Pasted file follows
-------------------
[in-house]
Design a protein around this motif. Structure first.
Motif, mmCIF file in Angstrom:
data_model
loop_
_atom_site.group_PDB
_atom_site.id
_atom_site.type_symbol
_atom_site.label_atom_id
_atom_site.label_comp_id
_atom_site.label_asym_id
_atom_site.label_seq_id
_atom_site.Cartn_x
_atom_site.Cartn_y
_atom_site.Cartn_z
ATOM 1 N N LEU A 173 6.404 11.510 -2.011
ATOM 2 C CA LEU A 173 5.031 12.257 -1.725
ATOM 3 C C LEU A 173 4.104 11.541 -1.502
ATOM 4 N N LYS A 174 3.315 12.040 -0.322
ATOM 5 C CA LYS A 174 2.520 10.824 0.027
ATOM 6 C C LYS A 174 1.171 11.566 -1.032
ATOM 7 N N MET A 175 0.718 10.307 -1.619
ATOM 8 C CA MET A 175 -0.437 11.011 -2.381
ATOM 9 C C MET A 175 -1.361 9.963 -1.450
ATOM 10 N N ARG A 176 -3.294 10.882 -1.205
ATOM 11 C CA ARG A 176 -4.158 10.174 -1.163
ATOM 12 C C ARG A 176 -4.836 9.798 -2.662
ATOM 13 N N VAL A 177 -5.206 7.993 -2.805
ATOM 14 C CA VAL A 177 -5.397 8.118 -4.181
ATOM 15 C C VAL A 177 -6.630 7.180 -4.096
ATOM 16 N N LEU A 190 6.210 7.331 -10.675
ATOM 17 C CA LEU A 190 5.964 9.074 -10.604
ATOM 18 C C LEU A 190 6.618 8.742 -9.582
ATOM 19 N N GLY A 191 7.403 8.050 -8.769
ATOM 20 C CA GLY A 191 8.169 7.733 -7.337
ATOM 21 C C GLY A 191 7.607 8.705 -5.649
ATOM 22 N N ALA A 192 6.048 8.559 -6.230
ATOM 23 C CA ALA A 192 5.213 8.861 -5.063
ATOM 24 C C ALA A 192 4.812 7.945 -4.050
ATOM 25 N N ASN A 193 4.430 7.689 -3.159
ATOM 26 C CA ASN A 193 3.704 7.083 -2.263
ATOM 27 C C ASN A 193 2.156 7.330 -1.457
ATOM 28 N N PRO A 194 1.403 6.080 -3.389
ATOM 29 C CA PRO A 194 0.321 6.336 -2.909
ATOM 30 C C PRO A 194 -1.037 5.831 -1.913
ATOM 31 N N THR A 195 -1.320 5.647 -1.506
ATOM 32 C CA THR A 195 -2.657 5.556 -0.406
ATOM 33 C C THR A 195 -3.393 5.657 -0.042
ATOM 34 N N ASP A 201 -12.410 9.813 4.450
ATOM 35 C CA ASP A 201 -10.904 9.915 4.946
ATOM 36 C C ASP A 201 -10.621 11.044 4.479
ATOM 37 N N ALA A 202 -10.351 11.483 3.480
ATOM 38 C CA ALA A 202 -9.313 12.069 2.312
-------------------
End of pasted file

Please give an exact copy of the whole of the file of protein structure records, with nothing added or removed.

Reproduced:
[in-house]
Design a protein around this motif. Structure first.
Motif, mmCIF file in Angstrom:
data_model
loop_
_atom_site.group_PDB
_atom_site.id
_atom_site.type_symbol
_atom_site.label_atom_id
_atom_site.label_comp_id
_atom_site.label_asym_id
_atom_site.label_seq_id
_atom_site.Cartn_x
_atom_site.Cartn_y
_atom_site.Cartn_z
ATOM 1 N N LEU A 173 6.404 11.510 -2.011
ATOM 2 C CA LEU A 173 5.031 12.257 -1.725
ATOM 3 C C LEU A 173 4.104 11.541 -1.502
ATOM 4 N N LYS A 174 3.315 12.040 -0.322
ATOM 5 C CA LYS A 174 2.520 10.824 0.027
ATOM 6 C C LYS A 174 1.171 11.566 -1.032
ATOM 7 N N MET A 175 0.718 10.307 -1.619
ATOM 8 C CA MET A 175 -0.437 11.011 -2.381
ATOM 9 C C MET A 175 -1.361 9.963 -1.450
ATOM 10 N N ARG A 176 -3.294 10.882 -1.205
ATOM 11 C CA ARG A 176 -4.158 10.174 -1.163
ATOM 12 C C ARG A 176 -4.836 9.798 -2.662
ATOM 13 N N VAL A 177 -5.206 7.993 -2.805
ATOM 14 C CA VAL A 177 -5.397 8.118 -4.181
ATOM 15 C C VAL A 177 -6.630 7.180 -4.096
ATOM 16 N N LEU A 190 6.210 7.331 -10.675
ATOM 17 C CA LEU A 190 5.964 9.074 -10.604
ATOM 18 C C LEU A 190 6.618 8.742 -9.582
ATOM 19 N N GLY A 191 7.403 8.050 -8.769
ATOM 20 C CA GLY A 191 8.169 7.733 -7.337
ATOM 21 C C GLY A 191 7.607 8.705 -5.649
ATOM 22 N N ALA A 192 6.048 8.559 -6.230
ATOM 23 C CA ALA A 192 5.213 8.861 -5.063
ATOM 24 C C ALA A 192 4.812 7.945 -4.050
ATOM 25 N N ASN A 193 4.430 7.689 -3.159
ATOM 26 C CA ASN A 193 3.704 7.083 -2.263
ATOM 27 C C ASN A 193 2.156 7.330 -1.457
ATOM 28 N N PRO A 194 1.403 6.080 -3.389
ATOM 29 C CA PRO A 194 0.321 6.336 -2.909
ATOM 30 C C PRO A 194 -1.037 5.831 -1.913
ATOM 31 N N THR A 195 -1.320 5.647 -1.506
ATOM 32 C CA THR A 195 -2.657 5.556 -0.406
ATOM 33 C C THR A 195 -3.393 5.657 -0.042
ATOM 34 N N ASP A 201 -12.410 9.813 4.450
ATOM 35 C CA ASP A 201 -10.904 9.915 4.946
ATOM 36 C C ASP A 201 -10.621 11.044 4.479
ATOM 37 N N ALA A 202 -10.351 11.483 3.480
ATOM 38 C CA ALA A 202 -9.313 12.069 2.312